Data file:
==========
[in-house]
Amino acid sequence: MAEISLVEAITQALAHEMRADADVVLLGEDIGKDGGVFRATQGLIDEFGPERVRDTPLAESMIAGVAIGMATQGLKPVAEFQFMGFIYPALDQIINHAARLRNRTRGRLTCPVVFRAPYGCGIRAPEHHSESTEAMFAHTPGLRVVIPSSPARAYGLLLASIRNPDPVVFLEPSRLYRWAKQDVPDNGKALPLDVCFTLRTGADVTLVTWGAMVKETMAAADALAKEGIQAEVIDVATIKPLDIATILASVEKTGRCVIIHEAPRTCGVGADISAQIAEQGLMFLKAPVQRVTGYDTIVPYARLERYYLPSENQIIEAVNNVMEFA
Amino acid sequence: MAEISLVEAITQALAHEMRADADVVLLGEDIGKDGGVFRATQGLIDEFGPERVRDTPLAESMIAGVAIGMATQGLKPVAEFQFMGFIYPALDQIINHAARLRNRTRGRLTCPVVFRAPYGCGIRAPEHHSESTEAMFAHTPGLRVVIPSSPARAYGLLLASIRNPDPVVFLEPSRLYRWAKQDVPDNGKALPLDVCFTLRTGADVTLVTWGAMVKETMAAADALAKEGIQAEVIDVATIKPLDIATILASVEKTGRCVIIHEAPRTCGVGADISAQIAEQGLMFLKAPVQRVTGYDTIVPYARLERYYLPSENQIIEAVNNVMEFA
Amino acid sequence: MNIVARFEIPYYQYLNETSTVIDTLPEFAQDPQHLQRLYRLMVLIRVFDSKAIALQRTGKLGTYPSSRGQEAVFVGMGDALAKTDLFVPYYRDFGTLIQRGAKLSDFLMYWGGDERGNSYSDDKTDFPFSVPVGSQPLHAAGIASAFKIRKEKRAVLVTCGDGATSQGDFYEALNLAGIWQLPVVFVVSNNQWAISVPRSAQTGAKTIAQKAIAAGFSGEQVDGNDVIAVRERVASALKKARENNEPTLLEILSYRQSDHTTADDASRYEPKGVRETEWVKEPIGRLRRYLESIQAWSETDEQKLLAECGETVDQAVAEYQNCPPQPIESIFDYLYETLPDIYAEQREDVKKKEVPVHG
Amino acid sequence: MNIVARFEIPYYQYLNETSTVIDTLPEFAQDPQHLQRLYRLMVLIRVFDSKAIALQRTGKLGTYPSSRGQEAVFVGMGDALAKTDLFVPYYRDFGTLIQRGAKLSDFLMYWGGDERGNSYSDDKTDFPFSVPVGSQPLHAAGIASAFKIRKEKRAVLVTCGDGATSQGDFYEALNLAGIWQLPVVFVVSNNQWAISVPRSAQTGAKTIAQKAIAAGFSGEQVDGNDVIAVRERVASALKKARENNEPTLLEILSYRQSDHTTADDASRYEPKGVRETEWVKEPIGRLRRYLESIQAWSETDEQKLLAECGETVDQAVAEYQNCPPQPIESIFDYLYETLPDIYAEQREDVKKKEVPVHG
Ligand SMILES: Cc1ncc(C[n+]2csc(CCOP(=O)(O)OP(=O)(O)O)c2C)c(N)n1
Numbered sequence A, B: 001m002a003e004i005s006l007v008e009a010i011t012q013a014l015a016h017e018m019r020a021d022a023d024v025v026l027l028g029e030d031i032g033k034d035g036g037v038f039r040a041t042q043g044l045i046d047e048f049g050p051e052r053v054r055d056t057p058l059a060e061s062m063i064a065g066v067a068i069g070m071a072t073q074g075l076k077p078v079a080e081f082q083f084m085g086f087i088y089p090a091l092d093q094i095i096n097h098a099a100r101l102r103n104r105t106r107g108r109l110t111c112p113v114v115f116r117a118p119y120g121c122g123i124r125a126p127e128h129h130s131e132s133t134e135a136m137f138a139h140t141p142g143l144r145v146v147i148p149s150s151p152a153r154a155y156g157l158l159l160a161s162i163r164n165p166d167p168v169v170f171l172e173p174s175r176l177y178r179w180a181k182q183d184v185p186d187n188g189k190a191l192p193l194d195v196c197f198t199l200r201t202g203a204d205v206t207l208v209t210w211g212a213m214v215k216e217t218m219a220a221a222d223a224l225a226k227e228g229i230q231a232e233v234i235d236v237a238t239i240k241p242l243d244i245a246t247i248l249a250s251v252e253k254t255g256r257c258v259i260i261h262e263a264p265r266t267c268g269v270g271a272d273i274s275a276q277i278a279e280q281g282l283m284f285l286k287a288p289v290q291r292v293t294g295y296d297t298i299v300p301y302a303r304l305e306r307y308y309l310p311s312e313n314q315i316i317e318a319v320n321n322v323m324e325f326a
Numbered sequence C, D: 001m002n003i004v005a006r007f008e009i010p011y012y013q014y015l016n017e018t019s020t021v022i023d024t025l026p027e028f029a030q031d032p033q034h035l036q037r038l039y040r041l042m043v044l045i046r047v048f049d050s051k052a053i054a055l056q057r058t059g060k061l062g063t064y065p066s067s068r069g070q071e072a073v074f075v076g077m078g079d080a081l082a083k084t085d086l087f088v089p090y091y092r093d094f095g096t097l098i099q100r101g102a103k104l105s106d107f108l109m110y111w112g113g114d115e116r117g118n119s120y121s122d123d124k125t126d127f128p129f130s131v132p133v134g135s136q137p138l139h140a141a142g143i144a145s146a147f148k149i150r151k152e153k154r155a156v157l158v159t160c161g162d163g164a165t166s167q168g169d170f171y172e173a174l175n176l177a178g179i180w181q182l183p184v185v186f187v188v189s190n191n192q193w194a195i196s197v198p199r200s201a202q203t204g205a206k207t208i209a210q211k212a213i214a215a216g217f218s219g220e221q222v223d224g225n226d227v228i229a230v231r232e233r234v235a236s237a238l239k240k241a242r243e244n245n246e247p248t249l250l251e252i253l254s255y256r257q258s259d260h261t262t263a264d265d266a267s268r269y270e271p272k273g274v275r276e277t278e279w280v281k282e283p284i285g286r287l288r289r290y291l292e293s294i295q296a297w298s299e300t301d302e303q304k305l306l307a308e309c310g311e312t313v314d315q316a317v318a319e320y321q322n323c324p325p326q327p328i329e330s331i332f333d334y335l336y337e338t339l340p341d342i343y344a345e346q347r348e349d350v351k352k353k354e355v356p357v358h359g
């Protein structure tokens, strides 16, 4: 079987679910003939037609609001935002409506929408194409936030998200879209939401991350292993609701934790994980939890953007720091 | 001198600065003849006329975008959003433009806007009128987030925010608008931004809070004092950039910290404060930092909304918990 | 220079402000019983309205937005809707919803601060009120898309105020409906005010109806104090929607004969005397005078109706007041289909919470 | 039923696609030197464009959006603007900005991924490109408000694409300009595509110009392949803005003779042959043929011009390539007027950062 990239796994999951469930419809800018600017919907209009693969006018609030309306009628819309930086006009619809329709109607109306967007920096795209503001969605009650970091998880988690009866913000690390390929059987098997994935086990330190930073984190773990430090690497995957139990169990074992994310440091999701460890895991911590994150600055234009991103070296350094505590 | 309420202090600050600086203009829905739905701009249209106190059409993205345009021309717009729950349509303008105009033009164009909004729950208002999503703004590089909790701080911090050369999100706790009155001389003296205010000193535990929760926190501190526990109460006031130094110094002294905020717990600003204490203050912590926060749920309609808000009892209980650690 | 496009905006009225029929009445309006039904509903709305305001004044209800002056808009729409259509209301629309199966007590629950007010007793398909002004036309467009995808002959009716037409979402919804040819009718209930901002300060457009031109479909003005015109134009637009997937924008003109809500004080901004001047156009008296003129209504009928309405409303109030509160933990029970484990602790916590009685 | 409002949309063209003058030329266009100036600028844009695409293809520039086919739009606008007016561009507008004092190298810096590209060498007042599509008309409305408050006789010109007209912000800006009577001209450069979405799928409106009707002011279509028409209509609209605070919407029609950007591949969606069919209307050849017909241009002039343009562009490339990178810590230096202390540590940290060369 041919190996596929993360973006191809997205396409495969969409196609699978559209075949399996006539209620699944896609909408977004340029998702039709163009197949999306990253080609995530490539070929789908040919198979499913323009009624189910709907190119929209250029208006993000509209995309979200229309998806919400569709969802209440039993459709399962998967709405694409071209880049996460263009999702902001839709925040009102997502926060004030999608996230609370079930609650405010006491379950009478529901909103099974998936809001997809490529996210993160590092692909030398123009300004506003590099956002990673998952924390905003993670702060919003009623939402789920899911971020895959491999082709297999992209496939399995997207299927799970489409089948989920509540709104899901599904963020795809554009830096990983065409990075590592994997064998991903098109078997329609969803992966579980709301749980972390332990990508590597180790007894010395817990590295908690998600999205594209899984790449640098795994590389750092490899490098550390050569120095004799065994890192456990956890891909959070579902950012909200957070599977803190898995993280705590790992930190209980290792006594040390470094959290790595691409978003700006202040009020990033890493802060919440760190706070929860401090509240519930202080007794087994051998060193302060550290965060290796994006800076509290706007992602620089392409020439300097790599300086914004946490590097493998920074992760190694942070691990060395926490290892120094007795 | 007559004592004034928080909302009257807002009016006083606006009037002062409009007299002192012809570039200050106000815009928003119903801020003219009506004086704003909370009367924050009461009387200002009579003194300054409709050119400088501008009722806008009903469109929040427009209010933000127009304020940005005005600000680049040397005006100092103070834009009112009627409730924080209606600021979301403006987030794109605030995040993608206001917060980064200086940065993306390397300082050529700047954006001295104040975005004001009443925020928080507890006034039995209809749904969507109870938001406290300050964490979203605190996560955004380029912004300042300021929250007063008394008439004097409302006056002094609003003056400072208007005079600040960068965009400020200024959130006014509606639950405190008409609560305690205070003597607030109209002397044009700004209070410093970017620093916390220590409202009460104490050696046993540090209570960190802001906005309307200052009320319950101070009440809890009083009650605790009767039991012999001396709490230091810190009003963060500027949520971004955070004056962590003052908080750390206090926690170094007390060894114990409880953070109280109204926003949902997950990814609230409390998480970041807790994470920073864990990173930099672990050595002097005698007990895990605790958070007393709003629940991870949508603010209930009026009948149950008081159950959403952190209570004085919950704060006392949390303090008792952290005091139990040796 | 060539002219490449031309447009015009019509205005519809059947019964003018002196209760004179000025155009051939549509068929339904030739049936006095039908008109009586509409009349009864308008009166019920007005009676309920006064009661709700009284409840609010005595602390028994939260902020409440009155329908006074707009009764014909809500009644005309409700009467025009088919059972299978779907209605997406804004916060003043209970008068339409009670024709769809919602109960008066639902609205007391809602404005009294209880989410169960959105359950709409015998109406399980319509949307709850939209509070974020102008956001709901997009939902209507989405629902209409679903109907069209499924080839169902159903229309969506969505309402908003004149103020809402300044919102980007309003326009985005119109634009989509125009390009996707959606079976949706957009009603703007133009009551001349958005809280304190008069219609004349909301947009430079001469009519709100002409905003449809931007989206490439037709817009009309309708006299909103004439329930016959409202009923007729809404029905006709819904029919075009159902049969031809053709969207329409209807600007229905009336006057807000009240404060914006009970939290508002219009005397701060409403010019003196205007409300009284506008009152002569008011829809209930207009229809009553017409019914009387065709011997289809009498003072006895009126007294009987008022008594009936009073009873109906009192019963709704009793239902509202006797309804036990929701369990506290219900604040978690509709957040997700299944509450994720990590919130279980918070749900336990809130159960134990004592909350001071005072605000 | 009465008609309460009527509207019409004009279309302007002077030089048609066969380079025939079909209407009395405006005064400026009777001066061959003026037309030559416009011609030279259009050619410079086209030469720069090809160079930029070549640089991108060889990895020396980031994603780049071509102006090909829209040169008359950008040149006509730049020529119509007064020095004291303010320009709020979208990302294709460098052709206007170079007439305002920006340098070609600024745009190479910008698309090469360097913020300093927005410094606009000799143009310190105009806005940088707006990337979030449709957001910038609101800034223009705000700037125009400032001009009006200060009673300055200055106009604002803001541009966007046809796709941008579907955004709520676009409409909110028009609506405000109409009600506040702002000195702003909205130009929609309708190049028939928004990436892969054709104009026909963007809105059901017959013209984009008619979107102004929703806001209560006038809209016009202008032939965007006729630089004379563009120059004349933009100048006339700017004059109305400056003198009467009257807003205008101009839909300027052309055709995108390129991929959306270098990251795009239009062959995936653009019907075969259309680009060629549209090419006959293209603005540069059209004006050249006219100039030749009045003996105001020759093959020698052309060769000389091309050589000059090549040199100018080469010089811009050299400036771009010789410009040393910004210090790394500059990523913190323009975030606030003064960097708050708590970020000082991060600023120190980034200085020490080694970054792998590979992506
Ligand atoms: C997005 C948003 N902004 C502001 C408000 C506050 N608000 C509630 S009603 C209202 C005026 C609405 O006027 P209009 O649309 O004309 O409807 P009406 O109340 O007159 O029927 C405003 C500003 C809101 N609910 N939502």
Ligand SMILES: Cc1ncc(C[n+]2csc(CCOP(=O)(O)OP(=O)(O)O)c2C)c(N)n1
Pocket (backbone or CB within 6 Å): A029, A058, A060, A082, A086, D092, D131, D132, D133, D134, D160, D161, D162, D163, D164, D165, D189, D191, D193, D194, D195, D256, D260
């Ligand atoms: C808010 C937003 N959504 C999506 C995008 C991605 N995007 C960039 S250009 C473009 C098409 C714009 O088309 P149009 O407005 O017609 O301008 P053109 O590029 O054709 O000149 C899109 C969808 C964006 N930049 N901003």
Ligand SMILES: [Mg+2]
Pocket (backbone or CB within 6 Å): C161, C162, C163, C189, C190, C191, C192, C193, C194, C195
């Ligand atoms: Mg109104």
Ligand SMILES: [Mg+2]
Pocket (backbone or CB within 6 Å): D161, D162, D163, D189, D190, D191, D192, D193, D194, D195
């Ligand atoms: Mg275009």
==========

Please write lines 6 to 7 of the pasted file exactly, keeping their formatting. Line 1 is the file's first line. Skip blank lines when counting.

Ligand SMILES: Cc1ncc(C[n+]2csc(CCOP(=O)(O)OP(=O)(O)O)c2C)c(N)n1
Numbered sequence A, B: 001m002a003e004i005s006l007v008e009a010i011t012q013a014l015a016h017e018m019r020a021d022a023d024v025v026l027l028g029e030d031i032g033k034d035g036g037v038f039r040a041t042q043g044l045i046d047e048f049g050p051e052r053v054r055d056t057p058l059a060e061s062m063i064a065g066v067a068i069g070m071a072t073q074g075l076k077p078v079a080e081f082q083f084m085g086f087i088y089p090a091l092d093q094i095i096n097h098a099a100r101l102r103n104r105t106r107g108r109l110t111c112p113v114v115f116r117a118p119y120g121c122g123i124r125a126p127e128h129h130s131e132s133t134e135a136m137f138a139h140t141p142g143l144r145v146v147i148p149s150s151p152a153r154a155y156g157l158l159l160a161s162i163r164n165p166d167p168v169v170f171l172e173p174s175r176l177y178r179w180a181k182q183d184v185p186d187n188g189k190a191l192p193l194d195v196c197f198t199l200r201t202g203a204d205v206t207l208v209t210w211g212a213m214v215k216e217t218m219a220a221a222d223a224l225a226k227e228g229i230q231a232e233v234i235d236v237a238t239i240k241p242l243d244i245a246t247i248l249a250s251v252e253k254t255g256r257c258v259i260i261h262e263a264p265r266t267c268g269v270g271a272d273i274s275a276q277i278a279e280q281g282l283m284f285l286k287a288p289v290q291r292v293t294g295y296d297t298i299v300p301y302a303r304l305e306r307y308y309l310p311s312e313n314q315i316i317e318a319v320n321n322v323m324e325f326a